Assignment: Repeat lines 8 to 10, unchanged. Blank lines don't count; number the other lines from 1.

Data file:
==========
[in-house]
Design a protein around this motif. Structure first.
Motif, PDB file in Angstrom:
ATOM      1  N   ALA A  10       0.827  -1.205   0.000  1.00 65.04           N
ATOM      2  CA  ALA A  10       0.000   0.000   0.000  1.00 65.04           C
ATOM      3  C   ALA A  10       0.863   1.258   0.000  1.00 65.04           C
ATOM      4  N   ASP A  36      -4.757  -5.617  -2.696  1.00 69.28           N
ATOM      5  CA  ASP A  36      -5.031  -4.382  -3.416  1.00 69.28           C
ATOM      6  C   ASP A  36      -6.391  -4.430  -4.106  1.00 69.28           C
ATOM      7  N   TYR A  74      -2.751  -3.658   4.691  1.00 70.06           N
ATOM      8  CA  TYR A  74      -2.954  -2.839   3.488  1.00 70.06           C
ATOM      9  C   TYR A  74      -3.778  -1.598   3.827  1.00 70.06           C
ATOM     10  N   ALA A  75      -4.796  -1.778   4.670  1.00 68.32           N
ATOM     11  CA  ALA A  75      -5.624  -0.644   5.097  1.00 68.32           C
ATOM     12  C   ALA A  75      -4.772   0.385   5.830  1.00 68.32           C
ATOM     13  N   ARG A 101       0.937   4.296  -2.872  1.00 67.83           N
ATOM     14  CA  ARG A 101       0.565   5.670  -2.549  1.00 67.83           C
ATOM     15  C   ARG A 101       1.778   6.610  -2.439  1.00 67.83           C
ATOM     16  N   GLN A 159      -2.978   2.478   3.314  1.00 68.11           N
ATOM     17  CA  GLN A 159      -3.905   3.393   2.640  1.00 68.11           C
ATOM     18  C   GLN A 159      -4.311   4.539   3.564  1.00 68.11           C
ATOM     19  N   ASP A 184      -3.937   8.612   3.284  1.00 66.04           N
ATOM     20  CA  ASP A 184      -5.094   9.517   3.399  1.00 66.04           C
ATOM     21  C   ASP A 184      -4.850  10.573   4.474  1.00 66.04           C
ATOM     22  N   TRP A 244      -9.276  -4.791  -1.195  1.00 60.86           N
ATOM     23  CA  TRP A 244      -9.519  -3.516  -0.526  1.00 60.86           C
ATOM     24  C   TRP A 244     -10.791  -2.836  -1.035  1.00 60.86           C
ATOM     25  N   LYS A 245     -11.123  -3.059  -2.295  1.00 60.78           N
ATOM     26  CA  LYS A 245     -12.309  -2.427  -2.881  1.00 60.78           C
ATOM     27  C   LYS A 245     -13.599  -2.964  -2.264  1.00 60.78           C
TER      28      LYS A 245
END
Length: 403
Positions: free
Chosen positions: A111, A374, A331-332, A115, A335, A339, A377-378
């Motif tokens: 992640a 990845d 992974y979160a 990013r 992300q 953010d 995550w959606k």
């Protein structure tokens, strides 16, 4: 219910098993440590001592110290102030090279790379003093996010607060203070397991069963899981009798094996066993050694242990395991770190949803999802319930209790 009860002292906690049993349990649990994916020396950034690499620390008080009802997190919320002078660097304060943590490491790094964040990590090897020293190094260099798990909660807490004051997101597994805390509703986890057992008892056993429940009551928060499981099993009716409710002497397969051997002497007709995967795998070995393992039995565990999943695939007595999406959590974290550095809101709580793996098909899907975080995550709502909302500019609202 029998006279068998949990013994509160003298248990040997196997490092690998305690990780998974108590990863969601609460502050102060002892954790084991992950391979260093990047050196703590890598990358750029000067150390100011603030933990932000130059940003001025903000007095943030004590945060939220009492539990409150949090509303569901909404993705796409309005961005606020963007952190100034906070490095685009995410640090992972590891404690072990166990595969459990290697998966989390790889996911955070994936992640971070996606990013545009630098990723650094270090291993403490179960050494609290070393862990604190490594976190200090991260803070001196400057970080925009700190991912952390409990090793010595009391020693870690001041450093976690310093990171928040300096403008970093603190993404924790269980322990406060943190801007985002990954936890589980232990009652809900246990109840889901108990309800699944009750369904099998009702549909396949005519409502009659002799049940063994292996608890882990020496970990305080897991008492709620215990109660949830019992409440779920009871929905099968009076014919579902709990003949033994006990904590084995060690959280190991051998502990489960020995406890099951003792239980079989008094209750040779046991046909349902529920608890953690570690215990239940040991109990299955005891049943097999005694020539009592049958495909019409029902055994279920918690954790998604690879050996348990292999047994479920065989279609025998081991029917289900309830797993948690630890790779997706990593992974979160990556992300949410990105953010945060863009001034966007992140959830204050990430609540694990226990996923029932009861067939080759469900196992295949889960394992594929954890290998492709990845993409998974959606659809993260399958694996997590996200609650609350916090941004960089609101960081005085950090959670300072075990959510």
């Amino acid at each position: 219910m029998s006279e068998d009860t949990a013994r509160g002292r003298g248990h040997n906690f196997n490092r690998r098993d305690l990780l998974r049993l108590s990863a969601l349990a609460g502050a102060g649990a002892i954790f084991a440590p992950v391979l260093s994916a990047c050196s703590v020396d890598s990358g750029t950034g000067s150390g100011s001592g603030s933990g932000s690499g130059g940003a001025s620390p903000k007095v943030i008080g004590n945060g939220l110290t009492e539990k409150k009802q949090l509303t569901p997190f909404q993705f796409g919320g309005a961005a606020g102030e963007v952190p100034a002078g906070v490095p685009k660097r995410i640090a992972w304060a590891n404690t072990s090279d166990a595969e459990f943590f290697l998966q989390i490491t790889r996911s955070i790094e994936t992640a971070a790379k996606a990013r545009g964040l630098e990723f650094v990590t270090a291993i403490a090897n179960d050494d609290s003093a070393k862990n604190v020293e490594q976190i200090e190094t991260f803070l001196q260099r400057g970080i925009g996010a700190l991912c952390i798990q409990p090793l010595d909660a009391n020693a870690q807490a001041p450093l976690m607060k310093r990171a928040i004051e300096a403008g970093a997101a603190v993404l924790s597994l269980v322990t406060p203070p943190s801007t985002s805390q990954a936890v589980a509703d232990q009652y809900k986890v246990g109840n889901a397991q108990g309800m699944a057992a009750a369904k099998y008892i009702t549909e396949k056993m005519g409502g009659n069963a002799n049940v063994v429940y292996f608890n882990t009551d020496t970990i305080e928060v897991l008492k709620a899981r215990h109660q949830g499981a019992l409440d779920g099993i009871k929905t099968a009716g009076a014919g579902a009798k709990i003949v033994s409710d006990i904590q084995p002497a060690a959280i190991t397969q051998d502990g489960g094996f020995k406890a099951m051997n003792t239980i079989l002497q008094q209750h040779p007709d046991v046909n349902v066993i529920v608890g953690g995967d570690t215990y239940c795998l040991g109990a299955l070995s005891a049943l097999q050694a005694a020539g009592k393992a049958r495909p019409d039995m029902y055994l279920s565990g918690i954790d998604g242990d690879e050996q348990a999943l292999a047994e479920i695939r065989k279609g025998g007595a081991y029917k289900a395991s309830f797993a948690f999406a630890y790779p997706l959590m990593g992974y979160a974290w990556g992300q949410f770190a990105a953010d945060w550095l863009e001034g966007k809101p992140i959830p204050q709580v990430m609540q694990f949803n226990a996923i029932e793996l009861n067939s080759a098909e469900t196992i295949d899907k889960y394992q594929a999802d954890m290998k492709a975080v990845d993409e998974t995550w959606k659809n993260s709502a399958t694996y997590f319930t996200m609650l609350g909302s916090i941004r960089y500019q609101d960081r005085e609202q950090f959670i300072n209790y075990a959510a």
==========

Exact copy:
ATOM      5  CA  ASP A  36      -5.031  -4.382  -3.416  1.00 69.28           C
ATOM      6  C   ASP A  36      -6.391  -4.430  -4.106  1.00 69.28           C
ATOM      7  N   TYR A  74      -2.751  -3.658   4.691  1.00 70.06           N